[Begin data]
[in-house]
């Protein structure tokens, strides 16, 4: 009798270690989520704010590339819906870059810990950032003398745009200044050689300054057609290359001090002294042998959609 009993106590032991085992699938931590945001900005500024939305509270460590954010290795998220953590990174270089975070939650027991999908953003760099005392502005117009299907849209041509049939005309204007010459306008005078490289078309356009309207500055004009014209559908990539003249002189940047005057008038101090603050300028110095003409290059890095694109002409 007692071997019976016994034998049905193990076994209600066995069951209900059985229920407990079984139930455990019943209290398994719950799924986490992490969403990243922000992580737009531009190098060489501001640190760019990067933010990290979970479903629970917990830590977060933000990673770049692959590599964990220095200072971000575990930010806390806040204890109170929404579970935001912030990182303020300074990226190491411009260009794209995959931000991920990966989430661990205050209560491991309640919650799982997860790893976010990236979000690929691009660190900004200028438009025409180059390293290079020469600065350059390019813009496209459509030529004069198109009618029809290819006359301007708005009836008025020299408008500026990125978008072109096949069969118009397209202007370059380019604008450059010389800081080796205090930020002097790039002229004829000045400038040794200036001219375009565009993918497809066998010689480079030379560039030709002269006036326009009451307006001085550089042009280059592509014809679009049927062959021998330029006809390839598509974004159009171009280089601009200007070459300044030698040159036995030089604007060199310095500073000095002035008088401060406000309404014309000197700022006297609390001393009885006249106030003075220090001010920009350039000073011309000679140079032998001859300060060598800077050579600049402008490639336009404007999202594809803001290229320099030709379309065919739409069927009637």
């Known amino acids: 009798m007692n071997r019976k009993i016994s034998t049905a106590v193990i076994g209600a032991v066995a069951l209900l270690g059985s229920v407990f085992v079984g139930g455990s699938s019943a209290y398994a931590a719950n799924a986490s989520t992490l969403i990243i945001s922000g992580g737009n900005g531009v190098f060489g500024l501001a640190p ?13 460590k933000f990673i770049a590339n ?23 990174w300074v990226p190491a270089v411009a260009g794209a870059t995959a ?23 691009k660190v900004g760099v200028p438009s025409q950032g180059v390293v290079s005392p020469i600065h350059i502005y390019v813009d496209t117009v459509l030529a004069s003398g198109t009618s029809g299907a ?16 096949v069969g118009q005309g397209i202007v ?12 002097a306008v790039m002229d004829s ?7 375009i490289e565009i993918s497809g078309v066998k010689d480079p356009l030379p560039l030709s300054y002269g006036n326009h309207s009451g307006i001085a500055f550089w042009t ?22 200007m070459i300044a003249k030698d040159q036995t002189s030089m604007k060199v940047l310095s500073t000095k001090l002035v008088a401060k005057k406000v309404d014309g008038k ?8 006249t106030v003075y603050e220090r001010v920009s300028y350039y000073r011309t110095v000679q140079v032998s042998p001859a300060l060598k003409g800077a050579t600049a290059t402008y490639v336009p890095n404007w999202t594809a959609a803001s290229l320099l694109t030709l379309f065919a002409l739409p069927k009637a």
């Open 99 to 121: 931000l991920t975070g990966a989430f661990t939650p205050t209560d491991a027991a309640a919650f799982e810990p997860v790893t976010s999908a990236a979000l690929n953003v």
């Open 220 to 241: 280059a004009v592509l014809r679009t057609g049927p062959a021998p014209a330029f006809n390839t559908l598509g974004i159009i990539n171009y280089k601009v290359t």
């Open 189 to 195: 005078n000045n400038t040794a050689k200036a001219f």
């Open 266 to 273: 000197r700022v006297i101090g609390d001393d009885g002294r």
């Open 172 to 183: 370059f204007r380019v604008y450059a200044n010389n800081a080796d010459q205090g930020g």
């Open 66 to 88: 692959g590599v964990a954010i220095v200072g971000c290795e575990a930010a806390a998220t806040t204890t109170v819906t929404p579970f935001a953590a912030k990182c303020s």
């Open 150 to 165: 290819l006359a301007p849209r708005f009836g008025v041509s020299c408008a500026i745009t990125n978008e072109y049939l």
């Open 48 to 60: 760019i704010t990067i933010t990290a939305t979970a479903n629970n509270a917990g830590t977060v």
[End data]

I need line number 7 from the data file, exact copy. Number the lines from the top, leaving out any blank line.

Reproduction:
């Open 266 to 273: 000197r700022v006297i101090g609390d001393d009885g002294r």